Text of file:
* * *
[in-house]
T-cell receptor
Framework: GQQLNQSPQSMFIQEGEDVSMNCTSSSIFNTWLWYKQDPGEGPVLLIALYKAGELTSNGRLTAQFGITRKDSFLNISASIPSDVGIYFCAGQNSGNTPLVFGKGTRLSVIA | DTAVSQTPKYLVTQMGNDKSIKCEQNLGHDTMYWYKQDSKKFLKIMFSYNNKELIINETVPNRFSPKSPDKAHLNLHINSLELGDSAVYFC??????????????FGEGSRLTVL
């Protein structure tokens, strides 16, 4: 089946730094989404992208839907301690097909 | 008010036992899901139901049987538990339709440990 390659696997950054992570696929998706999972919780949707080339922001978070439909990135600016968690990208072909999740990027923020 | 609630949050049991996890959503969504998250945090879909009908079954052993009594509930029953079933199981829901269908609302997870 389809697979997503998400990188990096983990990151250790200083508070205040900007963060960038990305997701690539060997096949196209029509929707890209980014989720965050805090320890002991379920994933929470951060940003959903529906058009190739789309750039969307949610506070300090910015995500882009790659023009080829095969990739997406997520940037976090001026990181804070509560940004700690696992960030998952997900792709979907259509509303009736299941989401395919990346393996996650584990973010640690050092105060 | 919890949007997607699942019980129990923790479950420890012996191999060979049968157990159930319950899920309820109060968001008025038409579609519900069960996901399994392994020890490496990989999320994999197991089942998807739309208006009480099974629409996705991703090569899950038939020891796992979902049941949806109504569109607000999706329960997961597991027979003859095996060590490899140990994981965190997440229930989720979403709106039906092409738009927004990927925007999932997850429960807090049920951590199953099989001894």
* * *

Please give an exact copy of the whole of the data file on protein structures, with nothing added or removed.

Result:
[in-house]
T-cell receptor
Framework: GQQLNQSPQSMFIQEGEDVSMNCTSSSIFNTWLWYKQDPGEGPVLLIALYKAGELTSNGRLTAQFGITRKDSFLNISASIPSDVGIYFCAGQNSGNTPLVFGKGTRLSVIA | DTAVSQTPKYLVTQMGNDKSIKCEQNLGHDTMYWYKQDSKKFLKIMFSYNNKELIINETVPNRFSPKSPDKAHLNLHINSLELGDSAVYFC??????????????FGEGSRLTVL
């Protein structure tokens, strides 16, 4: 089946730094989404992208839907301690097909 | 008010036992899901139901049987538990339709440990 390659696997950054992570696929998706999972919780949707080339922001978070439909990135600016968690990208072909999740990027923020 | 609630949050049991996890959503969504998250945090879909009908079954052993009594509930029953079933199981829901269908609302997870 389809697979997503998400990188990096983990990151250790200083508070205040900007963060960038990305997701690539060997096949196209029509929707890209980014989720965050805090320890002991379920994933929470951060940003959903529906058009190739789309750039969307949610506070300090910015995500882009790659023009080829095969990739997406997520940037976090001026990181804070509560940004700690696992960030998952997900792709979907259509509303009736299941989401395919990346393996996650584990973010640690050092105060 | 919890949007997607699942019980129990923790479950420890012996191999060979049968157990159930319950899920309820109060968001008025038409579609519900069960996901399994392994020890490496990989999320994999197991089942998807739309208006009480099974629409996705991703090569899950038939020891796992979902049941949806109504569109607000999706329960997961597991027979003859095996060590490899140990994981965190997440229930989720979403709106039906092409738009927004990927925007999932997850429960807090049920951590199953099989001894």